Aerosols result from complex atmospheric processes in which sulfur emissions
play an important role. Besides sulfur, other substances, like NOx, ammonia,
and small particles from the burning of fossil fuels and biomass, are involved
in these processes.
Figure 5-12: Standardized global SO2 emissions
for SRES scenarios, classified into four scenario families (each denoted
by a different color code - A1, red; A2, brown; B1, green; B2, blue).
Marker scenarios are shown with thick lines without ticks, globally harmonized
scenarios with thin lines, and non-harmonized scenarios with thin, dotted
lines (see Table 4-3). Black lines show percentiles,
means, and medians for SRES scenarios. For numbers on the two additional
illustrative scenarios A1FI and A1T see Appendix
Global anthropogenic sulfur emissions are estimated to range between 65 and
90 MtS in 1990 (Houghton et al., 1995; Benkovitz et al., 1996; Olivier et al.,
1996; WMO, 1997). Reviews of most recent inventories, given in Smith et al.
(2000) and Grübler (1998), indicate a most likely value of 75 ± 10 MtS. These
reviews draw on a large body of literature sources and sulfur inventories (in
particular the EMEP and CORINAIR inventories for Europe, NAPAP for North America,
and the most recent inventories available for Asia, including Akimoto and Narita
(1994), Foell et al. (1995), and Kato (1996)). Anthropogenic emissions add to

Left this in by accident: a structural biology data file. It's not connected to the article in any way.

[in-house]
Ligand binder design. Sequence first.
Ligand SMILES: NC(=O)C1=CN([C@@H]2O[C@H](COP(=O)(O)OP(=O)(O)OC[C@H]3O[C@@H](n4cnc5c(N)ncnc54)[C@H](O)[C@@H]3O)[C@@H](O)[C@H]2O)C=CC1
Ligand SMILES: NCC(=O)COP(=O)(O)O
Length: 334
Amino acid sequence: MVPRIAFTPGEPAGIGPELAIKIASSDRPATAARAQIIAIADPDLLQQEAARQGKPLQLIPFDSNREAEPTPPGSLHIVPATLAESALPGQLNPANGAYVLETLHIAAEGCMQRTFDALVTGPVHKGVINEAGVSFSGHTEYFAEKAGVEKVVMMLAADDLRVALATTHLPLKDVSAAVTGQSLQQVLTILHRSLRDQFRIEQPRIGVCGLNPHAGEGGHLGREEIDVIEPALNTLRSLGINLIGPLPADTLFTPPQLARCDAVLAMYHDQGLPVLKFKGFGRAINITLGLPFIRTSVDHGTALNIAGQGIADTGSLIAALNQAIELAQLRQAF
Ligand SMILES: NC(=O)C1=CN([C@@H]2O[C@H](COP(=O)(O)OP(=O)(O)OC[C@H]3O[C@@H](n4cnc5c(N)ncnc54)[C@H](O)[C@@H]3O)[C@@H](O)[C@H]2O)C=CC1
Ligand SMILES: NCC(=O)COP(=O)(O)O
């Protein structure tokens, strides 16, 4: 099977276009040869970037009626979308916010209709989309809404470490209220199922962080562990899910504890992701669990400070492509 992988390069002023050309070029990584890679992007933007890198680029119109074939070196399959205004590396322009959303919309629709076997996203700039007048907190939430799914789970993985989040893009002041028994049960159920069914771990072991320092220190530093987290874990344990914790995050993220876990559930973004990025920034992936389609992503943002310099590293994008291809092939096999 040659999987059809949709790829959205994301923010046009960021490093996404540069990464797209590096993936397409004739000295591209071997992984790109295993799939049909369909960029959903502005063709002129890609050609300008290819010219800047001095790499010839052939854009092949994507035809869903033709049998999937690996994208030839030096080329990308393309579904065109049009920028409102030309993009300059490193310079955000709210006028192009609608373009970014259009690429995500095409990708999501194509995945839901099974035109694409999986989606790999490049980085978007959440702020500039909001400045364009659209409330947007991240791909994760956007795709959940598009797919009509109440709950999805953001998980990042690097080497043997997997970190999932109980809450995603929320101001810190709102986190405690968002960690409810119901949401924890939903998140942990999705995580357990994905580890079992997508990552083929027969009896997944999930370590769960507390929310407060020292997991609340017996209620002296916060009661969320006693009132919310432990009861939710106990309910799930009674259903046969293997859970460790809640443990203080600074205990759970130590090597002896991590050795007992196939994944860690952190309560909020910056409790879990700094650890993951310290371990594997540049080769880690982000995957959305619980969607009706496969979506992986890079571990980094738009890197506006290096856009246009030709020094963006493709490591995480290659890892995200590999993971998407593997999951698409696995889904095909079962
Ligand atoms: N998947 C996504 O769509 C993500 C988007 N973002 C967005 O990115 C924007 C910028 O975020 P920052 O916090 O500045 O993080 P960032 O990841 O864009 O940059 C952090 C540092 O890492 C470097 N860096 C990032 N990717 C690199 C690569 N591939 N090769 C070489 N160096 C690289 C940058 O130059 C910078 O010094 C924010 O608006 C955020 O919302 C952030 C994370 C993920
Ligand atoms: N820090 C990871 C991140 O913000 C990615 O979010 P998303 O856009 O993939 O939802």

natural sulfur flows, which are estimated to range between 4 and 45 MtS (Houghton
et al., 1995). Pepper et al. (1992) adopted an intermediary, constant natural
sulfur flux of 22 MtS for the IS92 scenario series.
Even with a comparatively good agreement on global sulfur emission levels,
important uncertainties remain at the sector and regional levels (discussed
in more detail in Alcamo et al. (1997) and Grübler (1998)). The main sources
of uncertainties are a lack of detailed inventory data (especially for developing
countries outside Asia, but also for the non-European part of Russia), uncertainties
in sulfur contents of fuels (especially coal) in many regions, and the use of
different base years for development of sulfur inventories. For instance, inventories
and scenario studies for China and Centrally Planned Asia give a range of sulfur
emissions that differ by more than a factor of two (8.4 to 18 MtS) for the year
1990 (Grübler, 1998).
Base-year differences in the available data sources are especially important
because regional sulfur emissions trends have changed drastically in the past
decade. Although they decreased strongly in Europe and North America as a result
of sulfur control policies, they increased rapidly in Asia with growing energy
demand and coal use. For instance, between 1980 and 1995 sulfur emissions declined
by 59% in Western Europe and Russia (albeit for entirely different reasons -
environmental policy limiting sulfur emissions in Western Europe versus a massive
economic depression in Russia), by 37% in Eastern Europe, and by 36% in North
America (ECE, 1997). Conversely, emissions in China rose rapidly, from an estimated
6.6 MtS in 1985 to 9.1 MtS in 1994, or by 38% (Sinton, 1996; Dadi et al., 1998).
These diverging emission trends and their rapid changes also require a continuous
updating of available gridded sulfur emission inventories (e.g., Dignon and
Hameed, 1989; Spiro et al., 1992; Benkovitz et al., 1996; Olivier et al., 1996)
that in, some instances, still rely on outdated 1980 emissions data.